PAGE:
"Believe me, we thought a magic thing would happen" with the fall of Hussein and the start of the U.S.-led occupation, said an administrator at Baghdad's Central Teaching Hospital for Pediatrics. "So we're surprised that nothing has been done. And people talk now about how the days of Saddam were very nice," the official said.

This isn't to say that problems like these are not a consequence of war, but why are stories like these being buried? Why doesn't Bush or Rumsfeld acknowledge the humanitarian crisis that they've directly caused, and pretend isn't happening? It's instructive to remember, when pondering questions like these, that the US Military's official policy is to not keep track of any civilian deaths, that when the invasion began--when rioting and destruction and looting were endemic--US guarded locations were not power grids, or cultural areas, or hospitals, but....the Ministry of Oil. This guard duty wasn't lightweight either. There were 50 tanks, and sharp shooters throughout the building, every hour of every day. It was pretty much the only building left untouched by some kind of chaos. (source here)

In light of these problems, in light of the clear lack of planning that went into their developement, or of the radioactive depleted uranium strewn across the landscape (more on that another time), it should be obvious that our intentions couldn't possibly have been the feel-good "liberation" from a cruel despot, or what was that?... right, weapons of mass destruction. But then, it's hard to get the American people behind some of those other reasons isn't it? Would it be easy to explain to a soldier's family that their son died because we needed to show the Middle East who had the bigger balls? To show the world that unilateral US hegemony was, BACK, baby! Or that, damn...Iraq has a LOT of oil!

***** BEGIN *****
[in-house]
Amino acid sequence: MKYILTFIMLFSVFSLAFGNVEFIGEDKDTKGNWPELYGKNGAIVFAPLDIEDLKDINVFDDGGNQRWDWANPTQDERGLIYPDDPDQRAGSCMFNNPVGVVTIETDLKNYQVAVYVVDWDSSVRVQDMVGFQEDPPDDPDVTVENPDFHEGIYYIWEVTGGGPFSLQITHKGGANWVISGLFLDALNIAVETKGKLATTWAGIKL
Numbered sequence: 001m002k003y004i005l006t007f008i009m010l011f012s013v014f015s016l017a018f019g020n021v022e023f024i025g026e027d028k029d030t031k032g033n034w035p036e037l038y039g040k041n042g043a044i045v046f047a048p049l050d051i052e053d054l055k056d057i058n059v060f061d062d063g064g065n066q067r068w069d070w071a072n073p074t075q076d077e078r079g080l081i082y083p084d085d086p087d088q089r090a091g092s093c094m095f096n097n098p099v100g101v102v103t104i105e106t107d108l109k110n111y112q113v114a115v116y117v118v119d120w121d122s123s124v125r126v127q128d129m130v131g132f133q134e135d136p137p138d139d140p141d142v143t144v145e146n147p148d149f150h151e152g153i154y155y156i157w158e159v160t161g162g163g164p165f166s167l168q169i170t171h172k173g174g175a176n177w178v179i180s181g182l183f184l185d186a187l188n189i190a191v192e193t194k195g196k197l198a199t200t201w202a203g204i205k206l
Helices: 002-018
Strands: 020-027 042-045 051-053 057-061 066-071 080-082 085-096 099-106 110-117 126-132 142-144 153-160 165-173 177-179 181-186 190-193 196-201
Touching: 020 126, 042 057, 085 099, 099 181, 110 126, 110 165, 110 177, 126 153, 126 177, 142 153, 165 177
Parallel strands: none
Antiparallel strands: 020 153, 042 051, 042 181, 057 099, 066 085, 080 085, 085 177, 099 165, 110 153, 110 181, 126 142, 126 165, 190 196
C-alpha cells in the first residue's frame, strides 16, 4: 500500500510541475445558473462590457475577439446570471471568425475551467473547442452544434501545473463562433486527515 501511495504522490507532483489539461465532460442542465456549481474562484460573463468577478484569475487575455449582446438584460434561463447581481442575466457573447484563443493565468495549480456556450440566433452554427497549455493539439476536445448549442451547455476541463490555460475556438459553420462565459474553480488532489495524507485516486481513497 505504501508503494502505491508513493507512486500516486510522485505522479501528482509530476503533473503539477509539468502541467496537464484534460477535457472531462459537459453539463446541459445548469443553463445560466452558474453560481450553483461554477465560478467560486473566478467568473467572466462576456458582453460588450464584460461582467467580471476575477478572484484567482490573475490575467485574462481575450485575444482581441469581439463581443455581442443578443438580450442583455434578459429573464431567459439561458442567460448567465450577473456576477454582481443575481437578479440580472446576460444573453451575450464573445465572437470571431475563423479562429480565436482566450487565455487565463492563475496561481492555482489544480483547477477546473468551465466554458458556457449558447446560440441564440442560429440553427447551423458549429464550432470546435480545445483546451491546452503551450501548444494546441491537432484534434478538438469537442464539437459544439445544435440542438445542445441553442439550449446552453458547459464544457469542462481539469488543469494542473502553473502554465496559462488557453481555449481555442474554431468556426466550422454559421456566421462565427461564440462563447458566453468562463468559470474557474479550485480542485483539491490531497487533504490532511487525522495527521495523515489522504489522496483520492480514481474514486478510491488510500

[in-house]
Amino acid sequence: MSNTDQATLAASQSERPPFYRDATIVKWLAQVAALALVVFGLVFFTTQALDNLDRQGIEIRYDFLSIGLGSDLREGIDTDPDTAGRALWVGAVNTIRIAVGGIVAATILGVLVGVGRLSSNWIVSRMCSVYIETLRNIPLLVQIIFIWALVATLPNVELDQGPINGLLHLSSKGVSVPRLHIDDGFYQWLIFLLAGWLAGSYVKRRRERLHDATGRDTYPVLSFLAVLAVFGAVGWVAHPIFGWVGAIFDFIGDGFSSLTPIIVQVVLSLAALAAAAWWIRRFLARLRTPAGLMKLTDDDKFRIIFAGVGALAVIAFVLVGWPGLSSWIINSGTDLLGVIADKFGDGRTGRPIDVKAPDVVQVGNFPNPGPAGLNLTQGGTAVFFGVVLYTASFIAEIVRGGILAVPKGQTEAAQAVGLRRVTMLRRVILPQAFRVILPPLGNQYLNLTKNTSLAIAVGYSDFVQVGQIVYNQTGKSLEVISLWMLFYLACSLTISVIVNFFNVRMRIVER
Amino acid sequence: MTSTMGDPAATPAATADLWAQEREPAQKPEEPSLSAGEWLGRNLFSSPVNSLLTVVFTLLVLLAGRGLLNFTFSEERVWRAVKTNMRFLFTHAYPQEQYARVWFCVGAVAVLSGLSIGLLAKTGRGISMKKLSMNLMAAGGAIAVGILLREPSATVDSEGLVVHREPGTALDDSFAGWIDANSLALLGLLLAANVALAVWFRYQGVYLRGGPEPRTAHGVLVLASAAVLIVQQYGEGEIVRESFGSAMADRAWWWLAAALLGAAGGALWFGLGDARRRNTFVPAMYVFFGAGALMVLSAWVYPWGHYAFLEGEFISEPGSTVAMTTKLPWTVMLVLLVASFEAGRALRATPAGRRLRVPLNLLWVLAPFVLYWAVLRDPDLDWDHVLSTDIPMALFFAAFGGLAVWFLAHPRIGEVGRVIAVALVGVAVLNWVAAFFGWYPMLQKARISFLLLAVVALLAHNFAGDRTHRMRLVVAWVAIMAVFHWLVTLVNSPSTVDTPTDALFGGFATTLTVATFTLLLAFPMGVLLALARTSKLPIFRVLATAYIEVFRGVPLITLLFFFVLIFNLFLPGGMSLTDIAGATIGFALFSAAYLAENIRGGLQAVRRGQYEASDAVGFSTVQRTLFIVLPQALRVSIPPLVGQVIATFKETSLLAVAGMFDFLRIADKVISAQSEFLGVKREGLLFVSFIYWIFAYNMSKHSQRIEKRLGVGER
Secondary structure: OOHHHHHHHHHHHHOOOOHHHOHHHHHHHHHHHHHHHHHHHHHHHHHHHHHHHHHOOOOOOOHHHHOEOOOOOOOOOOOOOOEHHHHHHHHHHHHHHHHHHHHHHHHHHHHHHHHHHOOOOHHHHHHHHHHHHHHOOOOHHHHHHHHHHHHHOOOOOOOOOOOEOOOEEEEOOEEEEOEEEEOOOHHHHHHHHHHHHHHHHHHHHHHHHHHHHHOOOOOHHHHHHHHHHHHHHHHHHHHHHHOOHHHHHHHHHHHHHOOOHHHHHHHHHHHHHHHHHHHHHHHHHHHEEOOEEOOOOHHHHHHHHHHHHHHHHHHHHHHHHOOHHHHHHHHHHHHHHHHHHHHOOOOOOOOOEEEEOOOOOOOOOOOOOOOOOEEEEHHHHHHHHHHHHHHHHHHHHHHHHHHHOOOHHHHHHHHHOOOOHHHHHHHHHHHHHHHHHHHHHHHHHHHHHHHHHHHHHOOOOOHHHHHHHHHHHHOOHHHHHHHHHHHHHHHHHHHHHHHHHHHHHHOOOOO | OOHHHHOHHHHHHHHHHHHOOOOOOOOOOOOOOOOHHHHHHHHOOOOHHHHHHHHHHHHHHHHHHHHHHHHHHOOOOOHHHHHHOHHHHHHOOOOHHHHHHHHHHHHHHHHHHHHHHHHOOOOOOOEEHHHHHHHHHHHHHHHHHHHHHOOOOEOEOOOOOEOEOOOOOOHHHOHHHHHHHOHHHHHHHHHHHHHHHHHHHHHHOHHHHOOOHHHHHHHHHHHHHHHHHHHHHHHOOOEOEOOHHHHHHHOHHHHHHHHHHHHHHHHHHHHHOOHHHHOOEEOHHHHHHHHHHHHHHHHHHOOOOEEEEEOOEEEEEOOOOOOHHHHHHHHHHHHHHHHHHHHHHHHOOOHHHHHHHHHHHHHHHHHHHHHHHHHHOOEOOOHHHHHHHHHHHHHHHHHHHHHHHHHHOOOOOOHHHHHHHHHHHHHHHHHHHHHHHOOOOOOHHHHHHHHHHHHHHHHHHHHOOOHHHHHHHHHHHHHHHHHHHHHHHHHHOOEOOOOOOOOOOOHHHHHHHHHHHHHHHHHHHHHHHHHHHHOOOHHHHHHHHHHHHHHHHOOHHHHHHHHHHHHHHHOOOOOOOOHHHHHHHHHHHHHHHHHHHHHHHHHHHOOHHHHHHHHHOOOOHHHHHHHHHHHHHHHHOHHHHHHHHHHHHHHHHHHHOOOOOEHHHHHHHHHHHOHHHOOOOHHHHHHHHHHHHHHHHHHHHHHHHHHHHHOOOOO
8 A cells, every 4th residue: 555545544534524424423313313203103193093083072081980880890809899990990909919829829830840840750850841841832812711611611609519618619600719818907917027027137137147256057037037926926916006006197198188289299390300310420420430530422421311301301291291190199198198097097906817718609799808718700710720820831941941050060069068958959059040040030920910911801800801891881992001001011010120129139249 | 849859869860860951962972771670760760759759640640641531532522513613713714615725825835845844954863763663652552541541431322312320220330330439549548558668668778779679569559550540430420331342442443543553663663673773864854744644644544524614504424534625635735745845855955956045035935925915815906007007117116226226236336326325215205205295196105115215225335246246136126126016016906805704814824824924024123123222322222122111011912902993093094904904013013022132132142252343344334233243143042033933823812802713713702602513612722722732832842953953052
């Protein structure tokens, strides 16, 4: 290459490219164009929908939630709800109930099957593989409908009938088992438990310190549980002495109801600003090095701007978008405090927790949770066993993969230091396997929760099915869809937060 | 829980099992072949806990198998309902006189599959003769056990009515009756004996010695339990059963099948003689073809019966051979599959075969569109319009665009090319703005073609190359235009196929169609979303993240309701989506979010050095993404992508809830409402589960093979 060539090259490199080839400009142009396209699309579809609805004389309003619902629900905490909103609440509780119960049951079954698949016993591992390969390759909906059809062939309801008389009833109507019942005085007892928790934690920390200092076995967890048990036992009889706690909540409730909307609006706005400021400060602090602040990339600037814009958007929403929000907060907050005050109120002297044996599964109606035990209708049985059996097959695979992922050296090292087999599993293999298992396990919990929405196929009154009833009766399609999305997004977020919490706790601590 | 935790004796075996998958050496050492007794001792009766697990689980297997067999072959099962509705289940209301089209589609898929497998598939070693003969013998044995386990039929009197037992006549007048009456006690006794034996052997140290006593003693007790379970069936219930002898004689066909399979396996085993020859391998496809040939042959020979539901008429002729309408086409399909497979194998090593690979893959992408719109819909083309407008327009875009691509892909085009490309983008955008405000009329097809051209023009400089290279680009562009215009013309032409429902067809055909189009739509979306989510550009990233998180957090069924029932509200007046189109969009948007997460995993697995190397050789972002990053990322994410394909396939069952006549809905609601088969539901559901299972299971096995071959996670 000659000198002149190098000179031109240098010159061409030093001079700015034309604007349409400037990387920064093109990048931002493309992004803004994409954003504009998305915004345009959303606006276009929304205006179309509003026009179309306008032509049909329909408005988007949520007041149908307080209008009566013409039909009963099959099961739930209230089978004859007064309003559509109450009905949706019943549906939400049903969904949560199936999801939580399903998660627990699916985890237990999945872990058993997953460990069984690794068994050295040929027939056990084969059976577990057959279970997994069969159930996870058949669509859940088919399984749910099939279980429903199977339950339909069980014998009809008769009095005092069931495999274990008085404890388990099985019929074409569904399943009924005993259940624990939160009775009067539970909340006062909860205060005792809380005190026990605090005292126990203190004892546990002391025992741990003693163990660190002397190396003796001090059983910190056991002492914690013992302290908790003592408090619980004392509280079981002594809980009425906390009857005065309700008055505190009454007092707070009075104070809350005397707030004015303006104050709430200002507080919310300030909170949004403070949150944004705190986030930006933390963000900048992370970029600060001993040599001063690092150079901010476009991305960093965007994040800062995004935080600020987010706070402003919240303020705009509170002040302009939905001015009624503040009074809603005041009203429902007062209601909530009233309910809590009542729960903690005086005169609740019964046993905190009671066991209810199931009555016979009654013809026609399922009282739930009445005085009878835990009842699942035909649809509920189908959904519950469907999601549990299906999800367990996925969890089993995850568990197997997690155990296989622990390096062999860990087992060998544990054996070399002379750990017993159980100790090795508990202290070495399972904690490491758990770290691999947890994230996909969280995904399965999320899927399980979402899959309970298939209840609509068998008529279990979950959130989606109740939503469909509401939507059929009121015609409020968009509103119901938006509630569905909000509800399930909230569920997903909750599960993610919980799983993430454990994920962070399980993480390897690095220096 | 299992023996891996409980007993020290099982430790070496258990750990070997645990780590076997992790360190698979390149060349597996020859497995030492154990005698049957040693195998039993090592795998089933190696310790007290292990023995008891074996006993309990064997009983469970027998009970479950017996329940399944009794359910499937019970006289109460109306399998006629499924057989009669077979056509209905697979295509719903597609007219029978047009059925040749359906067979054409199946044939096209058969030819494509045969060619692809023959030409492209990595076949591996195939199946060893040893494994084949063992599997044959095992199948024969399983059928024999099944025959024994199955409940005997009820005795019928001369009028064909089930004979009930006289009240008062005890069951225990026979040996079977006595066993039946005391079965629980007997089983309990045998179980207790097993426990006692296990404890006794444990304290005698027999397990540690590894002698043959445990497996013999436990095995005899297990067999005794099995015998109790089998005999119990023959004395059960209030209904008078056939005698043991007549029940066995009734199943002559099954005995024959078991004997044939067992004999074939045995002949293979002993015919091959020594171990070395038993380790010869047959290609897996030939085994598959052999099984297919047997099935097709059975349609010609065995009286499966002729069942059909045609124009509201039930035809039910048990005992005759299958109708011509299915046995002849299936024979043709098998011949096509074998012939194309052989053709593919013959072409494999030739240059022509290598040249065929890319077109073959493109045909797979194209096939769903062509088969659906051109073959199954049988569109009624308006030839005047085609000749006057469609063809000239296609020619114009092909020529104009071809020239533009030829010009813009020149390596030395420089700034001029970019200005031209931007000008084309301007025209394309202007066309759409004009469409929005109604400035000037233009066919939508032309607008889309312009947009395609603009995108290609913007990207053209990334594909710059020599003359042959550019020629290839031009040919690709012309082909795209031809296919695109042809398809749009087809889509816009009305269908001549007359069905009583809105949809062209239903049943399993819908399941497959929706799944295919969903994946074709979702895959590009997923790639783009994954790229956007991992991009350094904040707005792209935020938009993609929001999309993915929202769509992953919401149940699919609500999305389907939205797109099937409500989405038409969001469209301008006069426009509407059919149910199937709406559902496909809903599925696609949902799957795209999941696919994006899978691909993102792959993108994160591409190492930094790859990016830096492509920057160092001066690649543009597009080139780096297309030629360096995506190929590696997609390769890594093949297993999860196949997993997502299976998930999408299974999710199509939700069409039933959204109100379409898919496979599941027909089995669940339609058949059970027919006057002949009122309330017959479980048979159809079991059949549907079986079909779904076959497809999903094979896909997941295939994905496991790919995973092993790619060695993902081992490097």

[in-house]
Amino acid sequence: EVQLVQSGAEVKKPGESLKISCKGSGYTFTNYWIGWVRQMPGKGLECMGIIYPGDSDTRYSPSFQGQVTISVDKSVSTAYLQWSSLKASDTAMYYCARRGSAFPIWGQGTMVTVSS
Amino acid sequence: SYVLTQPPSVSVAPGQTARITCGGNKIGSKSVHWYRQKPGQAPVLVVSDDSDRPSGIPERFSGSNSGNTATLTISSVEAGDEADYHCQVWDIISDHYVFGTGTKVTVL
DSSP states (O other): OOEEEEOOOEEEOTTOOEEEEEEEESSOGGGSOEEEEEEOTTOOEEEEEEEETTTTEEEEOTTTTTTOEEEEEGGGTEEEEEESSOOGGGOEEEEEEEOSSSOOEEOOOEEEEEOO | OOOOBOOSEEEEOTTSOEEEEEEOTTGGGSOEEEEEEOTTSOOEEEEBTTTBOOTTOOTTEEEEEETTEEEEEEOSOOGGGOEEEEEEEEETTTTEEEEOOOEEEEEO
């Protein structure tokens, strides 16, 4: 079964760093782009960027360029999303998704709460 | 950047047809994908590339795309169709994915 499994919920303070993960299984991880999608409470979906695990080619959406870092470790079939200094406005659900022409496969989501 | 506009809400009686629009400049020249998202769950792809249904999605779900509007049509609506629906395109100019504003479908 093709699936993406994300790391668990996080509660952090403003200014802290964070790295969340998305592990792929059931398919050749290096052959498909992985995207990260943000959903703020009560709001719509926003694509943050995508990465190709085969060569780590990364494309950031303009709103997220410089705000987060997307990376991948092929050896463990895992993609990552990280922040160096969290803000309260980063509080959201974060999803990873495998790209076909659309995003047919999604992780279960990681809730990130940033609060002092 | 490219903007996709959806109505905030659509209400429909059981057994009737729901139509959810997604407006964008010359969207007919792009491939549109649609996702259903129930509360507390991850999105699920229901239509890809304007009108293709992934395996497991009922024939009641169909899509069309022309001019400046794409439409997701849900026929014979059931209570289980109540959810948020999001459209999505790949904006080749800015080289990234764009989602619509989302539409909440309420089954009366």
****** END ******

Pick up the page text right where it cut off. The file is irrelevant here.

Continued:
It's important to draw attention to this because we may be on route for another trip down this path. All this talk about Iranian nuclear weapons programs (based on shoddy to non-existant evidence by the way) gives me strong deja-vu of the build-up to the Iraqi invasion. Check out Won't Get Fooled Again? for more on this topic. Choice quote:

"The International Atomic Energy Agency conducts regular inspections in Iran. The IAEA recently issued a report stating that it has found no evidence of a nuclear weapons program in Iran. "

Keep that quote in mind the next time you hear anyone from the White House talk about Iran.

Food Without Fear
This is a New York Times article about what should be one of the most basic nutrition commandments of all: eat food that's been grown properly. Dan Barber outlines the benefits of organic produce and pasture-raised livestock vs. the detriments of conventional products. {link via}

Sunday, November 21, 2004

Why Bush's America Feels Like Orwell's 1984
The closest thing to an admission of a "perception management" strategy came from a recent New York Times Magazine article, in which a senior advisor of the Bush Administration scoffed at Americans who exist in 'the reality based community," who "believe that solutions emerge from your judicious study of discernable reality. That's not the way the world works anymore. We're an empire now, and when we act, we create our own reality."

I never expected anyone to use 1984 as a textbook rather than a cautionary tale; Our current administration seems like the embryonic version of Big Brother.